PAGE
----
Well, it took endless explanations from CNN, CBS, NBC and Jon Stewart, but finally I think I understand the causes of the financial meltdown. It's about as satisfying as learning how magicians pull off their illusions; one can't help but feel a little bit stupid to find out it's just adorned trickery.
As far as I understand, this is how the private sector works. Someone borrows money from a bank, or saves it up, or inherits it. She starts a business that sells a good or provides a service, and in the process hires and pays employees. These employees, in turn, buy goods and services, which creates more jobs and more capital, and so on.
The public sector arises as a result of the taxes paid by the private sector. These revenues allow our democratically elected representatives to spend money on things we all agree are necessary for the common good: education, a national defense, infrastructure, the police and courts, and so on. Some people are too young, too old or too sick to work. We all agree that some of our money needs to be spent on them.
All of the money that represents this wealth, defined as goods, services and property, ultimately lives in a bank. We pay bankers to distribute and invest it, to see that it flows from where it is made to where it is needed. This money belongs to us. Unfortunately, somewhere along the line the bankers seemed to have concluded the money belonged to them. This has been, of course, infuriating.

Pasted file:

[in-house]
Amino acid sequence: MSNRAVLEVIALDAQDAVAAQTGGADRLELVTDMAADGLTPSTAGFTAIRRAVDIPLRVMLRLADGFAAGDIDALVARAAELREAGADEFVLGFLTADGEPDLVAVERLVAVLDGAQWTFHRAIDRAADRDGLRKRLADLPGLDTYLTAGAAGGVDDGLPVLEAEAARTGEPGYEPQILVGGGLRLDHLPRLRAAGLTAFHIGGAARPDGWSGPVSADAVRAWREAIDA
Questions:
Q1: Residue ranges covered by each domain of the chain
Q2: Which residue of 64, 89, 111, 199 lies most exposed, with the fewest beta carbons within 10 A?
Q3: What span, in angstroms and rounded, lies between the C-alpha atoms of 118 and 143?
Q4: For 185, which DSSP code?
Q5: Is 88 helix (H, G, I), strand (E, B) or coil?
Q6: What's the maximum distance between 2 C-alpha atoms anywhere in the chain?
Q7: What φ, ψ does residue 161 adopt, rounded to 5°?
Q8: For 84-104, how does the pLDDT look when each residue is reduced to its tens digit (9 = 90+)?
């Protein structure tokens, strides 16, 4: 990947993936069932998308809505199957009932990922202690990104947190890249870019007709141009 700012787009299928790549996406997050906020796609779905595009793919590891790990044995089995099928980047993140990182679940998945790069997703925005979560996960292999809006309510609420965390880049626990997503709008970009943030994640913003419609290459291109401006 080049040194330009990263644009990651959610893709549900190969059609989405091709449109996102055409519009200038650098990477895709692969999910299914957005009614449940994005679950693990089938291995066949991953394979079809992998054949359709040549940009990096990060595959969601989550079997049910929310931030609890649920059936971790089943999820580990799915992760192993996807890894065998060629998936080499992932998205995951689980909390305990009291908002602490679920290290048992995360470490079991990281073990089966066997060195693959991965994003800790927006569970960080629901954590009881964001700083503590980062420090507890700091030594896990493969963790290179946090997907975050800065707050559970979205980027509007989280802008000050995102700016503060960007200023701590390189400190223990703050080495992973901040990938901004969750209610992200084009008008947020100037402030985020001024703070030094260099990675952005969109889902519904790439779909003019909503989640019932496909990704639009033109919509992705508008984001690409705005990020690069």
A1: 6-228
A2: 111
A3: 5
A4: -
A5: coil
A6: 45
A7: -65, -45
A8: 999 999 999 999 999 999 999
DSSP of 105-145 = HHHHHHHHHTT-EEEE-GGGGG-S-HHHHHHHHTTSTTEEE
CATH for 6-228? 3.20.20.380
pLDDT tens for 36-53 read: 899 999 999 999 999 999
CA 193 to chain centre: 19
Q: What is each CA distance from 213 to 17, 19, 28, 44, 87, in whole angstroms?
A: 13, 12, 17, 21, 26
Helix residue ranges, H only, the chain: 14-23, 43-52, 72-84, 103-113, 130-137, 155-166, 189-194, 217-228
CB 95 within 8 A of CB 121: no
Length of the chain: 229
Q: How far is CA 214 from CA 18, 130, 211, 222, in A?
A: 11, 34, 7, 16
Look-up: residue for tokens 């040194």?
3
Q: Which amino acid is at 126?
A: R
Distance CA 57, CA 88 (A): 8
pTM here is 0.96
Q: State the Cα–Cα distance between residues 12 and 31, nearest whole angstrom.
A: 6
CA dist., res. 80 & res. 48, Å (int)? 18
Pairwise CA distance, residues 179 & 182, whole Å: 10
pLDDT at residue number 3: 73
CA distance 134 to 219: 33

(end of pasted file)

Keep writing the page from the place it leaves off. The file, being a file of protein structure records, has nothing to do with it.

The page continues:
It took me a moment to recognize my sentiment toward the banks was virtually identical to that expressed against the government by the right. This recognition comforted me a little but mostly filled me with horror. I empathized with their emotional reaction, but couldn't have disagreed more concerning at whom it was directed. If nothing else is clear by now, it's the Tea Party sentiment that the worst capitalist is still preferable to the best government employee -- Republican congressmen exempted, of course.
It's as if free market fairy dust has been tossed in their eyes, rendering them incapable of seeing the postal worker delivering their mail, or the meat inspector protecting their food supply. These gun-loving extremists don't even seem to realize their tax dollars pay the salaries of our brave men and women in uniform. They seem genuinely convinced most federal employees spend the day stamping "approved" on welfare applications for newly arrived illegal aliens. It is a toxic misperception, but not remotely accidental.
The anger of the Tea Party right has been masterfully but intentionally deflected. This misdirection has been so effective that we had Mitch McConnell on the floor of the Senate insisting the party of Big Business is actually its scourge. He almost got away with it too, but he didn't. McConnell and his cronies blinked. They still hold the attention of those seated in the orchestra, but someone in the balcony evidently saw the rabbit hidden under the cape and pointed it out to his neighbors.
As any magician can tell you, once you lose the cheap seats, the expensive ones are soon to follow. If you can't pull off an illusion from a distance, you sure as hell are going to have trouble managing it up close. This week may be more than just an aberration in the resolve of the Party of No. This could mark the beginning of one long disappearing act.